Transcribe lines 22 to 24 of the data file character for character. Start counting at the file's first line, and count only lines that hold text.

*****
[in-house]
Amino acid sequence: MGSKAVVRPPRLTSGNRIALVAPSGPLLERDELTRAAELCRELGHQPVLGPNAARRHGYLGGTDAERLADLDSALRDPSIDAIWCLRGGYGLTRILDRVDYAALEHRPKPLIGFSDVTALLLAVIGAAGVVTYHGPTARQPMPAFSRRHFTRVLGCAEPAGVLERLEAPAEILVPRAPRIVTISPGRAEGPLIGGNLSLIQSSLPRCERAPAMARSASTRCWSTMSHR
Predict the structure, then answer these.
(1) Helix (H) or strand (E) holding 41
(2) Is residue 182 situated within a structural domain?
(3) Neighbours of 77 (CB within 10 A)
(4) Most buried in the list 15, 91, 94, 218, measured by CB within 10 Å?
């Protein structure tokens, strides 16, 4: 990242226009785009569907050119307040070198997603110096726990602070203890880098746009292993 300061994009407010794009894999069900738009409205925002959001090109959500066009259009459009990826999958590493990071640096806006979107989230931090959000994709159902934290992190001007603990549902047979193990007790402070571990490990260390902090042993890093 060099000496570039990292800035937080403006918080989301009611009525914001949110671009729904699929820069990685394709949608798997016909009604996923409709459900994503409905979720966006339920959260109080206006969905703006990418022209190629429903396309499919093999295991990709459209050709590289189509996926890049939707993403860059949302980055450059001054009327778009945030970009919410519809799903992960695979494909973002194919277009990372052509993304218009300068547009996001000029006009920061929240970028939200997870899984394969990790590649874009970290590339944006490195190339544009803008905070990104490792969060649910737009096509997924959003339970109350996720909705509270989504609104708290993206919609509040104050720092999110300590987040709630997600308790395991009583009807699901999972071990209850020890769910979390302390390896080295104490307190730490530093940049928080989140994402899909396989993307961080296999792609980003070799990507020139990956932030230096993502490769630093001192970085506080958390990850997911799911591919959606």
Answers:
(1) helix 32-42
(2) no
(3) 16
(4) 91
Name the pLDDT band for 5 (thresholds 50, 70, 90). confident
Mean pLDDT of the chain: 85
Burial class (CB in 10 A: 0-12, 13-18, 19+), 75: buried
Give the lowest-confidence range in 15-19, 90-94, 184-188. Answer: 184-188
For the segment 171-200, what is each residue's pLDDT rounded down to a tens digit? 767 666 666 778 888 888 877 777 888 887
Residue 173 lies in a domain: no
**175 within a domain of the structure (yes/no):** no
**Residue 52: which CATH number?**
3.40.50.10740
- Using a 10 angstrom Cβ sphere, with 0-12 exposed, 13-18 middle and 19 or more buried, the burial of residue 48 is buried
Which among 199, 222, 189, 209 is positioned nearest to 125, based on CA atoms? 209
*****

3.40.50.10740
- Using a 10 angstrom Cβ sphere, with 0-12 exposed, 13-18 middle and 19 or more buried, the burial of residue 48 is buried
Which among 199, 222, 189, 209 is positioned nearest to 125, based on CA atoms? 209